Support 110 years of independent journalism.

  1. Politics
  2. Labour
22 September 2022

The Tories have broken Britain’s justice system – Labour can fix it

From huge court backlogs to unacceptable reoffending rates, it’s no wonder the public has lost faith in the system.

By Steve Reed

Crime is rife under the Conservatives, and victims and our communities feel abandoned. It is no surprise given the Tories have cut police numbers, closed courts and allowed many young offenders off without completing community payback sentences. There’s a backlog of nearly 60,000 criminal court cases after a string of Conservative justice secretaries – including Liz Truss – reduced the number of judges, sold off courts, and stood by as one in four criminal barristers quit in despair at our crumbling criminal justice system.  

The nation was appalled in recent weeks to hear of a 13-year-old rape survivor who waited two years for her case to come to trial, only to see it postponed for a further nine months before it was due to begin. The then Tory justice secretary Dominic Raab didn’t even acknowledge her father’s letter pleading for help.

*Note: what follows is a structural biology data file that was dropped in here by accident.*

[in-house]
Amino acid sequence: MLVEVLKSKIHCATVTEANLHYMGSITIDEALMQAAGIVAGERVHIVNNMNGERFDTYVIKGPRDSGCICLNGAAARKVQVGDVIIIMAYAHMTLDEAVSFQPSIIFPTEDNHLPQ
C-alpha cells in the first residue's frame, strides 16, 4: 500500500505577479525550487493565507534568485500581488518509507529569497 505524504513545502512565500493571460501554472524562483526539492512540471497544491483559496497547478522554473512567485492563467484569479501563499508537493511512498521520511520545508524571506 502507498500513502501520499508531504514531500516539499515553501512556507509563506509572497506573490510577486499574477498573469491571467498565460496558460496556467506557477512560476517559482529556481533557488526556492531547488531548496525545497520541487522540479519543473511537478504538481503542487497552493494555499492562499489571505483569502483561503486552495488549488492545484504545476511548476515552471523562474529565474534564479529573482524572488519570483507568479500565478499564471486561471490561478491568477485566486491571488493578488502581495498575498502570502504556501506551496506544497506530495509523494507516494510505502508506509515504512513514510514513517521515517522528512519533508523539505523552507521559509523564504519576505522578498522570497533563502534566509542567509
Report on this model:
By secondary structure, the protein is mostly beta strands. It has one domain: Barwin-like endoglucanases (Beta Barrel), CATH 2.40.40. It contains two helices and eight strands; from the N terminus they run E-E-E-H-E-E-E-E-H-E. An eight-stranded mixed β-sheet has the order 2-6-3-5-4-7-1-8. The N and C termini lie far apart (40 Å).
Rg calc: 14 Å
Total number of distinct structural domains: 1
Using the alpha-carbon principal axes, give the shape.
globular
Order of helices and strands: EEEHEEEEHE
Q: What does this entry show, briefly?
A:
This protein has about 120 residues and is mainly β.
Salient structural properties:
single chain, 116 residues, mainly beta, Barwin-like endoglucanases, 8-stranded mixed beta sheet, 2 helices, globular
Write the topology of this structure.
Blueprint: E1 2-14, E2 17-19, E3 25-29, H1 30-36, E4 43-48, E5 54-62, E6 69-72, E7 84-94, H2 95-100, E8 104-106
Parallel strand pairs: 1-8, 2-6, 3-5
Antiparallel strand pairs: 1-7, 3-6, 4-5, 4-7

What’s shocking is that this is not an isolated incident. Three-year delays are now the norm not the exception for rape trials in Tory-backlog Britain, and only a disgracefully low 1.3 per cent of reported rapes ever get prosecuted. Such catastrophic delays lead to cases collapsing as despairing victims withdraw and witnesses forget critical details putting convictions at risk.

Meanwhile, crimes as serious as burglary, street robbery, car break-ins and fraud have effectively been decriminalised because the Tories cut 21,000 police from our streets, leaving too few to respond to 999 calls. A prisoner today is more likely to leave prison addicted to drugs than when they first went in. No wonder the government can’t get a grip on unacceptable reoffending rates when its broken justice system is stoking rather than stopping crime.

[See also: The Metropolitan Police is a danger to women]